Roger Daltrey on Wild Beatles Fans, Eddie Vedder, Teen Cancer Charity
You sang a song of his once, “Better Man,” with him at one of your solo shows.
It was in Seattle, and I know Eddie lives there. I was hoping that he would be there that night. I didn’t know. But he turned up, and it was great to do it with him. It’s a wonderful song, that.
There are some unique items in the auction. What do you find most interesting?
I think the “Yesterday” lyrics that were donated by George Martin’s son are really a prize. It’s one of a limited number of the lithographs of the original lyrics, signed by Paul [McCartney] and George Martin. That hopefully will make a lot of money.
When did you first befriended the Beatles and Paul?
We supported them in 1964 in at the Blackpool Opera House in Blackpool, England. It was on a Sunday night, and we were on before them. I remember our roadie at the time remarked how John Lennon was standing behind Pete’s amp at the back of the scrim, and he was listening to what Pete was doing. Now we were the first band to do all of that feedback stuff and John Lennon was apparently listening to that. On the next record [“I Feel Fine”], they starting using feedback [laughs].
What else do you remember about that show?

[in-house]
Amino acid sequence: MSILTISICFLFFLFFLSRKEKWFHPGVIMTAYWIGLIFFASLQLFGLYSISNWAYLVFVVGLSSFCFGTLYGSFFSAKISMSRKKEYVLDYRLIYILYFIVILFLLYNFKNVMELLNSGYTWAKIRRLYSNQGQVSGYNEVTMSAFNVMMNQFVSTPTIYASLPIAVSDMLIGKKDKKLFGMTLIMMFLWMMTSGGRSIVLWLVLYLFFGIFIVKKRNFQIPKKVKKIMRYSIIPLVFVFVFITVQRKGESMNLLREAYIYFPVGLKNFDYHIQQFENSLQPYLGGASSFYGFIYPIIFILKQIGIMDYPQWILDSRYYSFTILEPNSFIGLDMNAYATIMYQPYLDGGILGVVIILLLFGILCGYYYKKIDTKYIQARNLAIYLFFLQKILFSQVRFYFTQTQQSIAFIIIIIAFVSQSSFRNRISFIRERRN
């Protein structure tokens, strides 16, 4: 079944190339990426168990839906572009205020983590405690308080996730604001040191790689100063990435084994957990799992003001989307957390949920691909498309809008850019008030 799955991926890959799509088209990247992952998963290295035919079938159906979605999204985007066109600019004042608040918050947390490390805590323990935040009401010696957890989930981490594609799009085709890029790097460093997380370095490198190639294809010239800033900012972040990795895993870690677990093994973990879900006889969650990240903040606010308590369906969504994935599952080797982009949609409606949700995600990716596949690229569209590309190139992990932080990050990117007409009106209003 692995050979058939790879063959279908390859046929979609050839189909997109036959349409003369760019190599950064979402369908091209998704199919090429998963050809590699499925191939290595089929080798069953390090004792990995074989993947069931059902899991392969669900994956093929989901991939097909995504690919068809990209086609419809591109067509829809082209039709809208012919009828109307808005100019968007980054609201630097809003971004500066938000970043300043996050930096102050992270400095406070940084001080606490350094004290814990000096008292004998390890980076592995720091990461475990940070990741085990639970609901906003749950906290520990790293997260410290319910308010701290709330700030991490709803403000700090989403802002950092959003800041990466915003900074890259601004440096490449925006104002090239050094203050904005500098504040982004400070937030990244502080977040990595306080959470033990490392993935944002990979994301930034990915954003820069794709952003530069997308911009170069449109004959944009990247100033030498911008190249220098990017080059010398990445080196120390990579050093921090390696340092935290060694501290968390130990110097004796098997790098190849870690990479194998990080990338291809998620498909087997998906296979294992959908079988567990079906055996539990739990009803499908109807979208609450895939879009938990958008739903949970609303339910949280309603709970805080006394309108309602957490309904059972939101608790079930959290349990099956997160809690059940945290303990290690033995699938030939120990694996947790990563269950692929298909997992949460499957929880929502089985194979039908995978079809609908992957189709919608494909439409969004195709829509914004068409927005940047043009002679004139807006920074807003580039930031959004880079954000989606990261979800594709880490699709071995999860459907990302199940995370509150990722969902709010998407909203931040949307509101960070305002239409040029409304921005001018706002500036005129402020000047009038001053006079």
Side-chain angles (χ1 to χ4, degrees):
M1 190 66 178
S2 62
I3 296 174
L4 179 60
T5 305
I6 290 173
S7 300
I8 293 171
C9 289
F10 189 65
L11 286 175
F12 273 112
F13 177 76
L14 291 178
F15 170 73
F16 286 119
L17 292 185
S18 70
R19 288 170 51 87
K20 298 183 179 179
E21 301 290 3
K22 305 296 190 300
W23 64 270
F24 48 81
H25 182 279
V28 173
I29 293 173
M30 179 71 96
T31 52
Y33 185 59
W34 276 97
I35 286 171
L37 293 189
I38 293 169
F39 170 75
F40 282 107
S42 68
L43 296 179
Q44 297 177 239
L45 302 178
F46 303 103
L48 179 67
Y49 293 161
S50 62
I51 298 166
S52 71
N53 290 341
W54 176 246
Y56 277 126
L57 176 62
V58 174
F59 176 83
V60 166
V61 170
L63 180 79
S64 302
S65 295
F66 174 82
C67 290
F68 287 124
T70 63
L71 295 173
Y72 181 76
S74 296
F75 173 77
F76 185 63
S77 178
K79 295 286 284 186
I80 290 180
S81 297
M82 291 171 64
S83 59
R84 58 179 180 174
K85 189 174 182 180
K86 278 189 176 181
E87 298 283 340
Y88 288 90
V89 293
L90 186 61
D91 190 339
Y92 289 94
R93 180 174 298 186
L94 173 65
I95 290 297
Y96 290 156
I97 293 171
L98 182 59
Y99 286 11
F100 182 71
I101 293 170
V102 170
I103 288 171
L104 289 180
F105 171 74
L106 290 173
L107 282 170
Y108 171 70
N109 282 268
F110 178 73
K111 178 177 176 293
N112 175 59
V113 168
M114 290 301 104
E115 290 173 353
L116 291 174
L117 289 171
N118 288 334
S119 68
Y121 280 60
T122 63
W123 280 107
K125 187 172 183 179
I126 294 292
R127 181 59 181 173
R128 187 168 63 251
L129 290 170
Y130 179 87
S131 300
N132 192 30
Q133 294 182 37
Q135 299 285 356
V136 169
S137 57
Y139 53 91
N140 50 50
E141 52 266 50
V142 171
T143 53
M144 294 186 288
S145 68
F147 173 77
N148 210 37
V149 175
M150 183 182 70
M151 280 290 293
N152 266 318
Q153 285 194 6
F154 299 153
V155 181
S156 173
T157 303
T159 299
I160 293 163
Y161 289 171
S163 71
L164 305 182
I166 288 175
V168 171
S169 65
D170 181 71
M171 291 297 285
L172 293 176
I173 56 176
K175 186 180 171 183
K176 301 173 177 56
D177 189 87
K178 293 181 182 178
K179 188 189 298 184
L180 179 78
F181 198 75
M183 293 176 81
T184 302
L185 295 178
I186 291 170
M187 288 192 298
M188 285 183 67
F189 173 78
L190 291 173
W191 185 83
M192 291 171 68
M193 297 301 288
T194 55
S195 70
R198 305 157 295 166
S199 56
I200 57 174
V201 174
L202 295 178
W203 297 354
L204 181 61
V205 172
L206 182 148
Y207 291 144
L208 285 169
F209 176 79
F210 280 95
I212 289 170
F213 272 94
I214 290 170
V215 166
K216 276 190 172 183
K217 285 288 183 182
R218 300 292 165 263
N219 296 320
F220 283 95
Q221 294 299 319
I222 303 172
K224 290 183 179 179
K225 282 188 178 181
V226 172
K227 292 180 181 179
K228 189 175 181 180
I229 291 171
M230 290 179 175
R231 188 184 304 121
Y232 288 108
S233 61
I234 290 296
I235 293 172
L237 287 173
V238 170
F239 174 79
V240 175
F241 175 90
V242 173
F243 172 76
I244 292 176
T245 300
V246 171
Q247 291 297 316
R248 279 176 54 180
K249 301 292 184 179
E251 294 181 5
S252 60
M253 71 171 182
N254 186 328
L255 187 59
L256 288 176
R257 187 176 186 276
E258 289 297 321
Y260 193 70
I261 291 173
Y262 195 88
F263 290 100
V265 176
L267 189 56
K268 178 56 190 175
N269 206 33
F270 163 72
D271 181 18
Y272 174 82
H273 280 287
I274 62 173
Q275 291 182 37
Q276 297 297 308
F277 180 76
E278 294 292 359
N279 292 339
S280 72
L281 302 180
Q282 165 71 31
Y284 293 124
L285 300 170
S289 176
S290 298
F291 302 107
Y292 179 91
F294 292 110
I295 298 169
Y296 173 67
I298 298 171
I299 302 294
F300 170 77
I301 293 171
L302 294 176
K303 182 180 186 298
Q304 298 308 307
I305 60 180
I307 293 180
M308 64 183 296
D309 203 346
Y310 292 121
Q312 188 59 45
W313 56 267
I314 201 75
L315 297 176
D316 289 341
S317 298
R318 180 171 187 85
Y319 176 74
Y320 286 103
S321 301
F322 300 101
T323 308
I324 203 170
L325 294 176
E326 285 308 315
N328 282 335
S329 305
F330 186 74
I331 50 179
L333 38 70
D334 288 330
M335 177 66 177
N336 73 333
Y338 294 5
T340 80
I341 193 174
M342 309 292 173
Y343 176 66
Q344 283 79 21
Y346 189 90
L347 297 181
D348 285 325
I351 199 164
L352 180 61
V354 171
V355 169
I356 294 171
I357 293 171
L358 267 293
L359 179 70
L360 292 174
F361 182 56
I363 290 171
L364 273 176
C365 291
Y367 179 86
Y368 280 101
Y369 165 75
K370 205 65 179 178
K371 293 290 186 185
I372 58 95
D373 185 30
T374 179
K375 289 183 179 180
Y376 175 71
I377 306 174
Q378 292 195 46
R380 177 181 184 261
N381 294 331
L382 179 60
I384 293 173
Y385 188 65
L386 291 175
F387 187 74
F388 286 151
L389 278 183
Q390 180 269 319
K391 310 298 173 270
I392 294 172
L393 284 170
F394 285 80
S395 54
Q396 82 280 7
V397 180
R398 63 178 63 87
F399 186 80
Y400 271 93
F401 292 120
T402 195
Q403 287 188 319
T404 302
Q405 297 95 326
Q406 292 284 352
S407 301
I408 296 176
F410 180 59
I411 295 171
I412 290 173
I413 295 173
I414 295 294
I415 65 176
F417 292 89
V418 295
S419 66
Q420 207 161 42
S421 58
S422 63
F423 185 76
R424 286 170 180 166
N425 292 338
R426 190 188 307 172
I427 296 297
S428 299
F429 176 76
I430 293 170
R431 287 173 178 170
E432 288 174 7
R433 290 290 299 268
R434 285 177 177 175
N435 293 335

I remember not hearing one bloody note they played. The screaming was, like, the world’s most ridiculous noise. You heard the music for about two seconds, if that, and then it was just a barrage of high-pitched wails. And there was suddenly the smell of urine.
Apparently Beatles fans used to wet themselves out of excitement.
Was it that way at your shows, too, back then?
I don’t think so. No, we were far too ugly [laughs].
Well, I figured you remained friends since Paul wrote “Giddy” for you, years later.
Well, my wife was very good friends with Linda. All bands are like ships that pass in the night unless you live in a place where bands settle. In London in the Sixties, of course, we were all settled. Then the Stones went to live in France, due to their tax issues, and slowly but surely we became like ships that pass in the night. Now if you want to really mix with bands you have to live in L.A. I’d go completely fucking mad if I had to.
You’ll be seeing the Stones and McCartney again this October at Desert Trip.
The gang is going to be together but not together. We’re all on separate days. We’re all doing our separate shows. We will say, “Hello, good to see you again,” and go our separate ways, and that’s how it is. But it’s always good to see old friends.
You were previously quoted as saying it represented the “greatest remains of [your] era” and “I’m glad we made it.”
Is that what I said? “I’m glad we made it”? An awful lot of my pals from the Sixties aren’t here anymore. I know if you’ve noticed.